Groups like the Electronic Frontier Foundation are concerned that personal information shared with law enforcement and intelligence agencies might be used for purposes other than combating cyber threats. But the White House has pointed out that in order to qualify for immunity under the proposal legislation, companies would be required to remove unnecessary personal information before handing it off to DHS. The White House proposal also calls for imposing limits on how and when the data can be used and tasks DHS and the Justice Department with developing guidelines for its retention and use.
2. 30-Day Breach Notification
The White House is also proposing a federal breach notification law. This would require entities that are hacked—private companies, educational institutions and government agencies, for example—to notify victims within 30 days after discovering that their personally identifiable information has been stolen or accessed by an unauthorized person. The proposal attempts to resolve disparities between a patchwork of state breach notification laws that are confusing and costly to enforce.
3. Expansion of Federal Law Deterring Spyware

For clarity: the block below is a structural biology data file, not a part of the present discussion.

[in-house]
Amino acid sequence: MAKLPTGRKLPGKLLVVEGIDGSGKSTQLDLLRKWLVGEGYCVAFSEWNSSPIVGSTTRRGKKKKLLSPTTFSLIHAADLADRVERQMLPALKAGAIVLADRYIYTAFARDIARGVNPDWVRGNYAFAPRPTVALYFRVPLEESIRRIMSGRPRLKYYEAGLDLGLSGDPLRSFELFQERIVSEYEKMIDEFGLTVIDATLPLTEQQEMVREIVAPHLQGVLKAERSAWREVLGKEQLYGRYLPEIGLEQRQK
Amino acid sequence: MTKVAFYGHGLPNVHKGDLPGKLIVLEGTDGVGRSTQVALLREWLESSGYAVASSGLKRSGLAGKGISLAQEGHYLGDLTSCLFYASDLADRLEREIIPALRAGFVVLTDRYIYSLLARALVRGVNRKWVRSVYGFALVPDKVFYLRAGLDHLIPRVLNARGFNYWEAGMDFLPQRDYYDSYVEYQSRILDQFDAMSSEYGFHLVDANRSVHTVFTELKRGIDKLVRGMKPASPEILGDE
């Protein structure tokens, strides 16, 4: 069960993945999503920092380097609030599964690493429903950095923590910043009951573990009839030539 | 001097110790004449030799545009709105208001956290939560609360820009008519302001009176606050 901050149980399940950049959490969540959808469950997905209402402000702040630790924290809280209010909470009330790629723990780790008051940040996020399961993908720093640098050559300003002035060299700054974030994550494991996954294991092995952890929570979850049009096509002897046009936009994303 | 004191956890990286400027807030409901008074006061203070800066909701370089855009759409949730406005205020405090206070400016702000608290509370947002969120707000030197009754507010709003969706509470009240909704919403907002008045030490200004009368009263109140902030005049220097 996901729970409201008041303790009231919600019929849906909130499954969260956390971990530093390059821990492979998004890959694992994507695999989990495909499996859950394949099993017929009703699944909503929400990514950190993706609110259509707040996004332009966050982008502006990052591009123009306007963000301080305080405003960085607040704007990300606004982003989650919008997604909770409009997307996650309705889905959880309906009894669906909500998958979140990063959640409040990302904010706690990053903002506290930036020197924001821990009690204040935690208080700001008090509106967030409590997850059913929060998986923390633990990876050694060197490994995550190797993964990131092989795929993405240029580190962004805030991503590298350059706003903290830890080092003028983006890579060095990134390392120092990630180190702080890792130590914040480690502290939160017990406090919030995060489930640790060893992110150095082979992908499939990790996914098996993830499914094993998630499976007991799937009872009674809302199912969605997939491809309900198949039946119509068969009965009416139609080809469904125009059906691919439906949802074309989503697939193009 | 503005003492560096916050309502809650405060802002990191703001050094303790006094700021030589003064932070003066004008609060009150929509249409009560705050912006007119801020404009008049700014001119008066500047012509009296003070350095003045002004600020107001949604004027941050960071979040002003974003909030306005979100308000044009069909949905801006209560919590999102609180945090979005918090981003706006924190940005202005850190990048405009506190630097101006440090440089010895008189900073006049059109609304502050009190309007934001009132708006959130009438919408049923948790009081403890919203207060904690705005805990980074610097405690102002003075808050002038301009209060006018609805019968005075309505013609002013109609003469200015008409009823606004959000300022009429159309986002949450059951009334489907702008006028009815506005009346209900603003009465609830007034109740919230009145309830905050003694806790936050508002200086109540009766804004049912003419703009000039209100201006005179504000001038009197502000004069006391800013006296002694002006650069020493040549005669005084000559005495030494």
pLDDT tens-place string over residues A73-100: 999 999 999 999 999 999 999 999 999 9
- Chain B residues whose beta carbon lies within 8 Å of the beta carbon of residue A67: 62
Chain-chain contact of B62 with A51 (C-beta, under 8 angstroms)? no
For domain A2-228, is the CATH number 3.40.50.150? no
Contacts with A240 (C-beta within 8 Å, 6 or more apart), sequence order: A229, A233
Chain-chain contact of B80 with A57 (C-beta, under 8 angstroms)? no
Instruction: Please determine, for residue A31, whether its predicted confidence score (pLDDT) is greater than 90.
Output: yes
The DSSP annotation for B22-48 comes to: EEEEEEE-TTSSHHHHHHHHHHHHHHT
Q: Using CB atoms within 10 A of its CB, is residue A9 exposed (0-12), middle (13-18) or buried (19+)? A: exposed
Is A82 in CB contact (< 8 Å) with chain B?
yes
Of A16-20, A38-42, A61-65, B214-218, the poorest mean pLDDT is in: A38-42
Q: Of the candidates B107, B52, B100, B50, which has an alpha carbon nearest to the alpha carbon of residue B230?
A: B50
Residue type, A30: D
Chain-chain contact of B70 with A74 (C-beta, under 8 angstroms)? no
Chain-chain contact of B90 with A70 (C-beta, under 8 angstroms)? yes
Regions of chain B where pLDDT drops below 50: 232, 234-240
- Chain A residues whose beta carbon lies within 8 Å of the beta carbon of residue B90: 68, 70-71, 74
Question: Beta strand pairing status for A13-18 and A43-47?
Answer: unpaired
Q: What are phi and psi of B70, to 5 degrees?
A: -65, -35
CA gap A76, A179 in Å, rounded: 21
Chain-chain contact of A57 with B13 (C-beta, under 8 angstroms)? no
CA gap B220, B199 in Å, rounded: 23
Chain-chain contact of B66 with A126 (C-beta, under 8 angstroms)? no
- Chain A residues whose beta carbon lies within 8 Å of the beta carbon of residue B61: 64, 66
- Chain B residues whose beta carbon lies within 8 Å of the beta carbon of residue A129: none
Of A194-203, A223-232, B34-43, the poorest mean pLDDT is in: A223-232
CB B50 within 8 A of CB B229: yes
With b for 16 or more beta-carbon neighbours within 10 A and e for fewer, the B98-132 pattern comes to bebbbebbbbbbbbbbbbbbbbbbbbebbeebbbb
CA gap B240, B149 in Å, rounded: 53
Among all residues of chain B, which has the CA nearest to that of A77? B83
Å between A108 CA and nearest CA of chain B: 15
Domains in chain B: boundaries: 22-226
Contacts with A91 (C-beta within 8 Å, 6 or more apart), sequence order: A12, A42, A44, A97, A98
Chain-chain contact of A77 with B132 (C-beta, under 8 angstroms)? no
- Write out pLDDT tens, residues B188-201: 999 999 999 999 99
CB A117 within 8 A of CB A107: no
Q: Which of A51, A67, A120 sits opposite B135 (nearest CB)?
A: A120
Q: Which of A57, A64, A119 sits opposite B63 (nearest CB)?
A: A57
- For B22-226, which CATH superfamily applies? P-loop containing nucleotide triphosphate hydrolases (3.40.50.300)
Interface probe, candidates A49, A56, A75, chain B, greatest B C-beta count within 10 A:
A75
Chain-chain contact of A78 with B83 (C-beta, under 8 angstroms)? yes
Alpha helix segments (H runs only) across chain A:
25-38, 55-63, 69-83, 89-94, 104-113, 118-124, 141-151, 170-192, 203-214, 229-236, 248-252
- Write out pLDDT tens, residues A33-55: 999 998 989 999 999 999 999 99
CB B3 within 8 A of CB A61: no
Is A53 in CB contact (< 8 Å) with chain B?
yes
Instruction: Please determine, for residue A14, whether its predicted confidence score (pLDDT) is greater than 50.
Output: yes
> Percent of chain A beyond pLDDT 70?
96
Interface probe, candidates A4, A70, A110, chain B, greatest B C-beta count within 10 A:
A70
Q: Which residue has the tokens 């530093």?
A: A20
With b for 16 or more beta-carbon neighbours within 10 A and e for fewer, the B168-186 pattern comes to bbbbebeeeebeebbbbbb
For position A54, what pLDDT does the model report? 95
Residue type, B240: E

The White House proposal would allow the government to seize any proceeds gained from the sale of spyware or other tools intended to be used for unlawful data interception. In the wake of a recent indictment against the maker of a spyware app called StealthGenie, this is meant to target all sellers of spyware and stalkingware. StealthGenie is a spy app for iPhones, Android phones and Blackberry devices that was marketed primarily to people who suspected their spouse or lover of cheating on them, but products like it are also used by stalkers and perpetrators of domestic violence to track their victims. The app secretly recorded phone calls and siphoned text messages and other data from a target’s phone, all of which customers of the software could view online. Authorities arrested CEO Hammad Akbar, a 31-year-old Pakistani resident, last October following his indictment in Virginia on federal wiretapping charges, which included conspiracy to market and sell the surreptitious interception device. “Advertising and selling spyware technology is a criminal offense, and such conduct will be aggressively pursued by this office and our law enforcement partners,” U.S. Attorney Dana J. Boente of the Eastern District of Virginia said in a statement about the case.